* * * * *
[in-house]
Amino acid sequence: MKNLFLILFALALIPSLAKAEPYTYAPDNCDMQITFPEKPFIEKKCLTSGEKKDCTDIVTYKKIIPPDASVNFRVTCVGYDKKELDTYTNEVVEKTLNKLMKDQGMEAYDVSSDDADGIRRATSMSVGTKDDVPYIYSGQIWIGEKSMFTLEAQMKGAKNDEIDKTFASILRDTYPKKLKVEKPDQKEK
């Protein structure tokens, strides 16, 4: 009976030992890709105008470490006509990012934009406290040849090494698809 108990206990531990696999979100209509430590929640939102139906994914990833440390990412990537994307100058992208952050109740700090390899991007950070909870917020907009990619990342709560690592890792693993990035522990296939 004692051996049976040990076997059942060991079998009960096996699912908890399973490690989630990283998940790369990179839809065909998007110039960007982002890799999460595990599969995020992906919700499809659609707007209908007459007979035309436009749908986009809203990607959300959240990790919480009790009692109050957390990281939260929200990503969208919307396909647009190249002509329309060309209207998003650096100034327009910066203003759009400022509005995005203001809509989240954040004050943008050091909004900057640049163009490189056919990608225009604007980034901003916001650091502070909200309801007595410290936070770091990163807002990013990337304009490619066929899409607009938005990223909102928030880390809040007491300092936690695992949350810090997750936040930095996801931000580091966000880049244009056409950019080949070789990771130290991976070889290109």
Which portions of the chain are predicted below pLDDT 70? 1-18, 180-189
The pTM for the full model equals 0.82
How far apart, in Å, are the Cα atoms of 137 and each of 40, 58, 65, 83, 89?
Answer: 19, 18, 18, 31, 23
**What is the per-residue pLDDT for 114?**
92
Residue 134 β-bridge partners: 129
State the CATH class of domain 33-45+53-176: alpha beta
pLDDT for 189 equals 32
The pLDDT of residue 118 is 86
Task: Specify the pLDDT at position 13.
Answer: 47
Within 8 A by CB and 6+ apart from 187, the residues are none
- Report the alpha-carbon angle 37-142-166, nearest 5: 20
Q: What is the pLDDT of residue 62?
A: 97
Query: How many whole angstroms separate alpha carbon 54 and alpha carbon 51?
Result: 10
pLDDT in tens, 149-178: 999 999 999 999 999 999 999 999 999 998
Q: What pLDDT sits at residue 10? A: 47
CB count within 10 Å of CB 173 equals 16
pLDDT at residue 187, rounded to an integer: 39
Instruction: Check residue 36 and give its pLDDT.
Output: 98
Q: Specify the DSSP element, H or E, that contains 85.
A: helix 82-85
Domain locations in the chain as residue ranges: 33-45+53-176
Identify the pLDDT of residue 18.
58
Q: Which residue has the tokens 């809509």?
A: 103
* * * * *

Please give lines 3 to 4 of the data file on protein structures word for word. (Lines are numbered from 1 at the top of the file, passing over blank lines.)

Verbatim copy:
């Protein structure tokens, strides 16, 4: 009976030992890709105008470490006509990012934009406290040849090494698809 108990206990531990696999979100209509430590929640939102139906994914990833440390990412990537994307100058992208952050109740700090390899991007950070909870917020907009990619990342709560690592890792693993990035522990296939 004692051996049976040990076997059942060991079998009960096996699912908890399973490690989630990283998940790369990179839809065909998007110039960007982002890799999460595990599969995020992906919700499809659609707007209908007459007979035309436009749908986009809203990607959300959240990790919480009790009692109050957390990281939260929200990503969208919307396909647009190249002509329309060309209207998003650096100034327009910066203003759009400022509005995005203001809509989240954040004050943008050091909004900057640049163009490189056919990608225009604007980034901003916001650091502070909200309801007595410290936070770091990163807002990013990337304009490619066929899409607009938005990223909102928030880390809040007491300092936690695992949350810090997750936040930095996801931000580091966000880049244009056409950019080949070789990771130290991976070889290109």
Which portions of the chain are predicted below pLDDT 70? 1-18, 180-189